In the face of all the consolidation in the insurance marketplace, independent brokers need a leg up to thrive and prosper, according to Aly Kanji (pictured), president and CEO of InsureLine.
“Small, independent brokers are challenged in trying to compete against what I call these super brokers that have size, they have scale and they have resources, and our goal is try to build a community of independent brokers who can leverage that ‘unity of the whole’ to create scale in order to compete head-to-head with these super brokers,” he said.
Last year, InsureLine opened its first location in British Columbia, and has since signed up Don Cherry to be the face of the company and all of its franchises. Kanji reflected on what it took to become an entrepreneur in the insurance industry and juggle the responsibilities that come with the corner office.
“Sometimes, I think you have to be a little bit nuts to run your own business because there are a lot of challenges that come with it,” he told Insurance Business. “You have to wear many hats and that’s probably the biggest challenge – everything from sales to marketing to being IT support to being the cleaner in the office – so it takes time for you to build up the base, and build up the resources and the wherewithal to have people looking after the different aspects.”
The rewards are well worth the hurdles. Kanji was named a Young Gun by Insurance Business Canada in 2016, and also received the Rising Star Award from Salute BC in 2013. InsureLine has likewise reached several important milestones.
“I’m proud of the developments that we’ve had to date. In particular, we’ve built our own CRM, we’ve built our own BMS, and we’ve really built a robust platform for an independent brokerage to grow their business,” he said.
Kanji is also a director for the Insurance Brokers Association of BC, and is familiar with the broader challenges bearing down on brokers in the province. It’s hard to have a conversation about BC’s insurance industry without bringing up auto insurance and the Insurance Corporation of British Columbia’s troubles in recent years.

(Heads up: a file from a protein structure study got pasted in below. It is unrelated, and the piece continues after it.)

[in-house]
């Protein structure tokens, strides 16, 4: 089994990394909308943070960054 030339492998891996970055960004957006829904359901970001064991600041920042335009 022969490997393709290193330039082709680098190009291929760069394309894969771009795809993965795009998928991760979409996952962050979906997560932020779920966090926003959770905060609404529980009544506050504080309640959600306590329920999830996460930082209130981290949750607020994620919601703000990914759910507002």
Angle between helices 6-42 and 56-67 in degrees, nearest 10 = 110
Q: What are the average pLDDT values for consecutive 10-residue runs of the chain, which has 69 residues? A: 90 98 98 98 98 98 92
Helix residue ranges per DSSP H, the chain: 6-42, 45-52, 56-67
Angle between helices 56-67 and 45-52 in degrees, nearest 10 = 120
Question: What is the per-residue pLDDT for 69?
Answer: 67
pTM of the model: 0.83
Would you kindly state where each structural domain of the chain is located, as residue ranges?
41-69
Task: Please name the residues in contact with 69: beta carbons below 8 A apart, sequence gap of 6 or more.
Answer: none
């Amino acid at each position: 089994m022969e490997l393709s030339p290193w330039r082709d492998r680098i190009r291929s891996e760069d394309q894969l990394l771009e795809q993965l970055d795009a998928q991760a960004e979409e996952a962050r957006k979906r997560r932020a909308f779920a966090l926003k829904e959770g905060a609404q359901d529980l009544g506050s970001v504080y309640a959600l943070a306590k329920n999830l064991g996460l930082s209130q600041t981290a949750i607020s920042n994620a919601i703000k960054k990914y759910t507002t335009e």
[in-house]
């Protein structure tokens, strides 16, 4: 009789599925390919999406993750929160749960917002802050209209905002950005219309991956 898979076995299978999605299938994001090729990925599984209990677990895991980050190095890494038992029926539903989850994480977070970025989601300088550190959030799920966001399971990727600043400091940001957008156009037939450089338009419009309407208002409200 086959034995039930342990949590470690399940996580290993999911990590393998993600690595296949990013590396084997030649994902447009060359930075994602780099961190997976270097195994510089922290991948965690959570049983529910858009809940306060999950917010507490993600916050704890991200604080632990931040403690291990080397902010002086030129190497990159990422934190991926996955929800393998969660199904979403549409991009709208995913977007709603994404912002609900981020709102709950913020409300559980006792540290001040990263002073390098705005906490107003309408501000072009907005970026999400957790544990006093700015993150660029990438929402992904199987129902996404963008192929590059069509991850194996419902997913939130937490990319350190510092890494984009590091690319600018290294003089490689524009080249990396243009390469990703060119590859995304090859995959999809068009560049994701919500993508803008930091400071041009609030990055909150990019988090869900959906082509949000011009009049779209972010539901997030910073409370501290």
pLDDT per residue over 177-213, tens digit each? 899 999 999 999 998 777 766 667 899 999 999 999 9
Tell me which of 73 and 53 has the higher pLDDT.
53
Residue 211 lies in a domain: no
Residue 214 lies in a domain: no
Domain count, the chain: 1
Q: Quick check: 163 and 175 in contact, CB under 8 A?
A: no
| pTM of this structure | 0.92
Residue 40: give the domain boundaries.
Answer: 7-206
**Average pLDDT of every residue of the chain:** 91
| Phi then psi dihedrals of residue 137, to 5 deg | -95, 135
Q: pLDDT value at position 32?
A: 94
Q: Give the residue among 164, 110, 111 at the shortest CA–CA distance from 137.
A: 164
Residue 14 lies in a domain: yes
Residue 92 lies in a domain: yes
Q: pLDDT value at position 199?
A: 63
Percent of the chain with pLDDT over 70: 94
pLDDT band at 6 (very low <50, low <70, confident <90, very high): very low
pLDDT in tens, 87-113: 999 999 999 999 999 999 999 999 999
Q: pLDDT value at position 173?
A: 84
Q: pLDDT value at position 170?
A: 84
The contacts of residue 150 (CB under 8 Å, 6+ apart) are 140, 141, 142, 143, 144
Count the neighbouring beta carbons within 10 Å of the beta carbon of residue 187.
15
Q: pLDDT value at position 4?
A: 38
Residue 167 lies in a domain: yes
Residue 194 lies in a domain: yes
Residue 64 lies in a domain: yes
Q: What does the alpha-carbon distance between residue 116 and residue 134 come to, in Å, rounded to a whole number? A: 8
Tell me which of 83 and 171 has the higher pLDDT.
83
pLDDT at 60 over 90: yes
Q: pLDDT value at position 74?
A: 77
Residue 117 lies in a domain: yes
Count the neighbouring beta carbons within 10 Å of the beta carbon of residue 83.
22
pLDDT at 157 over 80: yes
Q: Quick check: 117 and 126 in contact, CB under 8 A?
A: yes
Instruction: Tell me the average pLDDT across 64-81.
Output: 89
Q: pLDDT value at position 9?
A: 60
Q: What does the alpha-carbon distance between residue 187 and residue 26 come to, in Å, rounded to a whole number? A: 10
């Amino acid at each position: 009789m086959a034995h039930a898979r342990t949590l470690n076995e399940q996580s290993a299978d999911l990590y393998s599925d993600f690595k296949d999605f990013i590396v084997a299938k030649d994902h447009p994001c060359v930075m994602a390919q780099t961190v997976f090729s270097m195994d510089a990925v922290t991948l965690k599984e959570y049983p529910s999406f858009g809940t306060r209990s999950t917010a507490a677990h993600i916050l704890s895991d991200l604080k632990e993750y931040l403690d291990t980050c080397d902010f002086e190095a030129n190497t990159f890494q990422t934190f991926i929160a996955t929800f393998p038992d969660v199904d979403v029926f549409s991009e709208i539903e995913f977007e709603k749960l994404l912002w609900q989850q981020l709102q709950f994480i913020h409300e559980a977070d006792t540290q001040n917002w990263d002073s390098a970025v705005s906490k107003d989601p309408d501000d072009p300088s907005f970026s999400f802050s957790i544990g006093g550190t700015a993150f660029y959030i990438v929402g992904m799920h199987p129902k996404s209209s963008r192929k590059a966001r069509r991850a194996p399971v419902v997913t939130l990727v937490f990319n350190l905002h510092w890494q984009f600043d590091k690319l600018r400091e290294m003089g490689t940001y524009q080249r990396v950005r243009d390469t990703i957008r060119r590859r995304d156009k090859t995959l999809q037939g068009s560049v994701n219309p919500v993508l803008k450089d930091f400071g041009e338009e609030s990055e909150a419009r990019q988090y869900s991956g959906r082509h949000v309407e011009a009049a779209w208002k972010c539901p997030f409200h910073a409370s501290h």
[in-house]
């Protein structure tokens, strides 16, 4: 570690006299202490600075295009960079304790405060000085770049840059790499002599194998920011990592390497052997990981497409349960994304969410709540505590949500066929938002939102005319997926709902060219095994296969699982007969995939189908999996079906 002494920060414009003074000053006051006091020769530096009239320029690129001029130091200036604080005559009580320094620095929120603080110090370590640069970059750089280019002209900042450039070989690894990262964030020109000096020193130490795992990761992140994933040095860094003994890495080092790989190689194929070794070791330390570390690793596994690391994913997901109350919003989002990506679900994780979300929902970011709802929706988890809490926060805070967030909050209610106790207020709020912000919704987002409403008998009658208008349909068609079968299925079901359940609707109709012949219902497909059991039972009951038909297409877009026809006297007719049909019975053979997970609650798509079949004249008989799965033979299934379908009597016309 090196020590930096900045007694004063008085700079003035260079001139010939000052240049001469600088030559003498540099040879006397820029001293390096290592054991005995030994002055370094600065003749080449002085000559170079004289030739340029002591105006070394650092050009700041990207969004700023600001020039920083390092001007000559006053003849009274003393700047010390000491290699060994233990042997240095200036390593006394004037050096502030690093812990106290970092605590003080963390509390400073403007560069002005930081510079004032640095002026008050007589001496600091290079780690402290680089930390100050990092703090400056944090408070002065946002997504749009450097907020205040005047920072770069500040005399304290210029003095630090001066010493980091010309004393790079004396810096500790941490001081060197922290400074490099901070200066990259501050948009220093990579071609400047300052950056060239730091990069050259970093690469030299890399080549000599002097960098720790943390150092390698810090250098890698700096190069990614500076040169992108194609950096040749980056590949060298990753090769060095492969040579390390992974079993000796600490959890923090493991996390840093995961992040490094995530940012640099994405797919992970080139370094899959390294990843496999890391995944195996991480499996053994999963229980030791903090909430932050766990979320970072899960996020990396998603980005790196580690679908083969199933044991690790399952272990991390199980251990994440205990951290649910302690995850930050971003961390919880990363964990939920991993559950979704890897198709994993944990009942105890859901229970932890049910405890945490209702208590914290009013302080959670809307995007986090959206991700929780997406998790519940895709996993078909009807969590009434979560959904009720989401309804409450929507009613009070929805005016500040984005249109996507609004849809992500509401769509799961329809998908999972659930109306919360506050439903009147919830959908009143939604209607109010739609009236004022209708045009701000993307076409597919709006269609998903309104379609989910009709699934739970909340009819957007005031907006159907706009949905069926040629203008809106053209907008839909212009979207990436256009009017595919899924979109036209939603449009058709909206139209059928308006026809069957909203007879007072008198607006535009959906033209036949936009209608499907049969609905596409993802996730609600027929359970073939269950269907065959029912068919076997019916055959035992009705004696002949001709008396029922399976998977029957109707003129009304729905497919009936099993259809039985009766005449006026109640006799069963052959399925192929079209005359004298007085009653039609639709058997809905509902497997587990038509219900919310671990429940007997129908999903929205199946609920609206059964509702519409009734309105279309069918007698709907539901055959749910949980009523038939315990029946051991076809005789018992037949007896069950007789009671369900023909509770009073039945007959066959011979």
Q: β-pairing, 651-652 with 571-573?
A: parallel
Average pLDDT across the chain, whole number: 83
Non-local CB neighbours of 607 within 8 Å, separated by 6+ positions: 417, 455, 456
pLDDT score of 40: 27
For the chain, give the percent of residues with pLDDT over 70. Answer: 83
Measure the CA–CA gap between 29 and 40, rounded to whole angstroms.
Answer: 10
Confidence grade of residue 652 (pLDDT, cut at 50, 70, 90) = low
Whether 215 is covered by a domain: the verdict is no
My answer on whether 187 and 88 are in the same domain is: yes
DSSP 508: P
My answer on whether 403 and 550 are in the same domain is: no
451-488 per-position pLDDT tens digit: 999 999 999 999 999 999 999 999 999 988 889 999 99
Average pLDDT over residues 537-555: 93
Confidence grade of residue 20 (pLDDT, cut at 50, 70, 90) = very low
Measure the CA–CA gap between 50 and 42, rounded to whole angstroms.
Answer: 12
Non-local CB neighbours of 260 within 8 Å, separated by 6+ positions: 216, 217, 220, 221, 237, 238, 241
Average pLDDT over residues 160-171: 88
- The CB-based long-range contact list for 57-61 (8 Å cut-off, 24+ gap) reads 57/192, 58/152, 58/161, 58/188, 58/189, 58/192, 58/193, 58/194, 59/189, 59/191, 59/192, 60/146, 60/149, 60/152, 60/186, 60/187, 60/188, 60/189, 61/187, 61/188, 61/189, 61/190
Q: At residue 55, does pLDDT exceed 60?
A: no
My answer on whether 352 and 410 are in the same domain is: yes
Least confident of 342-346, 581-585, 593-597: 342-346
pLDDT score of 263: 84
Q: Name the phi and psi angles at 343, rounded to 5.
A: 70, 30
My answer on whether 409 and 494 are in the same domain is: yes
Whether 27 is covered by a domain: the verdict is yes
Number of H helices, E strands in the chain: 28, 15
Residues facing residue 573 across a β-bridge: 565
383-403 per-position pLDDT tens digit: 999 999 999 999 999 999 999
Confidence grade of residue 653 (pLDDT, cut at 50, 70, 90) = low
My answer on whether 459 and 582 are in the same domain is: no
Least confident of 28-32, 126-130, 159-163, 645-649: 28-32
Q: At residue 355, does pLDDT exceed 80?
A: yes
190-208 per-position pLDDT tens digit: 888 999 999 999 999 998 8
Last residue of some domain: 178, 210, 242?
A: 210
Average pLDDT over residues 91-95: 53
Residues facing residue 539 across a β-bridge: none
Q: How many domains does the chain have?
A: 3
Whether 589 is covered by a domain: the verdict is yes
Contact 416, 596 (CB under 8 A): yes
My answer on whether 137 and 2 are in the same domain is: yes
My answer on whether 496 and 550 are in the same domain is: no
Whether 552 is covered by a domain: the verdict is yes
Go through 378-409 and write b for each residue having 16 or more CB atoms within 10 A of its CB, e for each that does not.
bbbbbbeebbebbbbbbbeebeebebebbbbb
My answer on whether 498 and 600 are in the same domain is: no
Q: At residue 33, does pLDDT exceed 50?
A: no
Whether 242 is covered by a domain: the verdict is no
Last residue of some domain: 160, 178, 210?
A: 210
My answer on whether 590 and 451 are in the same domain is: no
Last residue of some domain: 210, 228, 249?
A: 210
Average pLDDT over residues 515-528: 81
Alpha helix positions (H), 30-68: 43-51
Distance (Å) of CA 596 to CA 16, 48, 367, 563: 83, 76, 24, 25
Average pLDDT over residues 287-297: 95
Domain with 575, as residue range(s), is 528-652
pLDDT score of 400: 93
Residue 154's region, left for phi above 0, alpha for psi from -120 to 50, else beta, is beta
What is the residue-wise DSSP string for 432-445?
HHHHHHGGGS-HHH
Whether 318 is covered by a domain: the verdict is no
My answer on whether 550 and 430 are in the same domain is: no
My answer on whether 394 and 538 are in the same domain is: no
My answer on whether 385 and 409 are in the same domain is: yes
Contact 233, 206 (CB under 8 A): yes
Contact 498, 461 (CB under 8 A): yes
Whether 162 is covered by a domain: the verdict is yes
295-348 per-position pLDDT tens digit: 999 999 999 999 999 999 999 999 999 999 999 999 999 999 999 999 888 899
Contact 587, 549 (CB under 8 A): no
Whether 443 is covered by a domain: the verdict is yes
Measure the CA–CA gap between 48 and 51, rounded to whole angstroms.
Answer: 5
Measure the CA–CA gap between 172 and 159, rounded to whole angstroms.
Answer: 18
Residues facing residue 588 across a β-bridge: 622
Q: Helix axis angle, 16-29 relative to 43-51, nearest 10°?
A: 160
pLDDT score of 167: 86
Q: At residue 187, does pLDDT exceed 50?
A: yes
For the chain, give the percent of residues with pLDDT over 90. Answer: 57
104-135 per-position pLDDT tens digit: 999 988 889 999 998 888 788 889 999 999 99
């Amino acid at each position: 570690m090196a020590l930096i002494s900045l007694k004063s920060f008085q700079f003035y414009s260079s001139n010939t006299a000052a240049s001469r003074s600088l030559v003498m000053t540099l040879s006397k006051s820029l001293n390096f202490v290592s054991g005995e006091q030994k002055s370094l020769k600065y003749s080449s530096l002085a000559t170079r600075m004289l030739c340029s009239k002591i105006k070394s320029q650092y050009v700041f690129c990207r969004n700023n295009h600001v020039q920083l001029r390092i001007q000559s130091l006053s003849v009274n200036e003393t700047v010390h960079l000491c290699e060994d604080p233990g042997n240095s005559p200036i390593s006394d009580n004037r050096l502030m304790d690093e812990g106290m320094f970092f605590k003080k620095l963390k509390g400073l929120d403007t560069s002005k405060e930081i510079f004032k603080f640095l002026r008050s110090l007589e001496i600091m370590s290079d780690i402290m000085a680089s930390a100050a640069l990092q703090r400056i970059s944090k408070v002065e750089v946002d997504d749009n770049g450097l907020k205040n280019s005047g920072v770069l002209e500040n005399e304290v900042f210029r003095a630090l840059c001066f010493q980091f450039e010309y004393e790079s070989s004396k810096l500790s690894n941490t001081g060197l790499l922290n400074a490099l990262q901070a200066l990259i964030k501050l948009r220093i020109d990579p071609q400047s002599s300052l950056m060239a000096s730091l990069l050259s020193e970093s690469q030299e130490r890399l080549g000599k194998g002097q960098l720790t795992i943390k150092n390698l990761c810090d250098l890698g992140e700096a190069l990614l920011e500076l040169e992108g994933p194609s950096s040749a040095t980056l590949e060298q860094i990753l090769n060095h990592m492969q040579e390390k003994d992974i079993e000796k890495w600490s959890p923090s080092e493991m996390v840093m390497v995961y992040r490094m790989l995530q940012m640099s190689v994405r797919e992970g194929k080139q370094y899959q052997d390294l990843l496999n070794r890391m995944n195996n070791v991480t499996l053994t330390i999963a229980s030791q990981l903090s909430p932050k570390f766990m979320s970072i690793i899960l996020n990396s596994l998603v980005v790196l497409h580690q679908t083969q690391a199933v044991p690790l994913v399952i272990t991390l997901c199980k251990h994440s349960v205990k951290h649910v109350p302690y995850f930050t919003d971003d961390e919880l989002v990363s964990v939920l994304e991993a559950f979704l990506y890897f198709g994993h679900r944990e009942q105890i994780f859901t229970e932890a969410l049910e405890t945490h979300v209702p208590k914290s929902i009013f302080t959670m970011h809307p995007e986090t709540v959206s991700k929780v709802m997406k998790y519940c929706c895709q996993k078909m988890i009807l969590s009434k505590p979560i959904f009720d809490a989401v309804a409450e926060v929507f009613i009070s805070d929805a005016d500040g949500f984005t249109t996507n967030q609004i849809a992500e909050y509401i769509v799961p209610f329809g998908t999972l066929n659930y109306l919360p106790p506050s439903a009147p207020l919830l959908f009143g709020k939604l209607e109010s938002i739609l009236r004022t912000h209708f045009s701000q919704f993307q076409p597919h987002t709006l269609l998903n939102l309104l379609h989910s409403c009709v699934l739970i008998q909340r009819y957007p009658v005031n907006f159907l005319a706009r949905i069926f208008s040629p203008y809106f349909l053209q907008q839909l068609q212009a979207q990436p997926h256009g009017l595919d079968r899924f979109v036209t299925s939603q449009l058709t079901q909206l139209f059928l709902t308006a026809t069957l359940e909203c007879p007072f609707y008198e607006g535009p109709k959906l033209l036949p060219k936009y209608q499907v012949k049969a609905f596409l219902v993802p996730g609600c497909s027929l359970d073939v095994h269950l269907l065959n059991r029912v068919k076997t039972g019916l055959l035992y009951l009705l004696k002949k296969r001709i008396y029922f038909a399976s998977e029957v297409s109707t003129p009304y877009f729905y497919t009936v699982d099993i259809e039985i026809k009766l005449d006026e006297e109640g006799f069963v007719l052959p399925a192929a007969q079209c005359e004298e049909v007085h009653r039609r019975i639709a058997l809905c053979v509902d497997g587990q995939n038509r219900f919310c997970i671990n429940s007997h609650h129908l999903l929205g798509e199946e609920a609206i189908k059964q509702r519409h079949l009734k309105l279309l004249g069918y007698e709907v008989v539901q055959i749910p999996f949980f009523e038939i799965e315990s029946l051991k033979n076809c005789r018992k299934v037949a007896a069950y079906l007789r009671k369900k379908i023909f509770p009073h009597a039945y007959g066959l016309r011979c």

“Premiums have been kept artificially low across the country by government regulation and then you have the cost of cars, which has increased significantly over the last 20 years,” said Kanji. “Most recently, I think you have an increase in the frequency of claims largely due to distracted driving and at the same time, you have an increase in the severity of claims, largely due to the cost of repair of vehicles due to the technology.”
Technology does, however, have the opportunity to be the industry’s saving grace, if everyone jumps on board and pushes for change.
“We need to do, as an industry, a better job of getting everyone to play in the same sandbox when it comes to technology standards, and that requires, I think, a will to collaborate among not only all insurers, but also the regulators and technology vendors,” explained Kanji. “It still blows my mind that I can go to a bank machine in any remote corner of the planet and withdraw cash from my bank account, but a broker today still can’t instantly deliver an insurance policy to a client, and in my view that’s a problem.”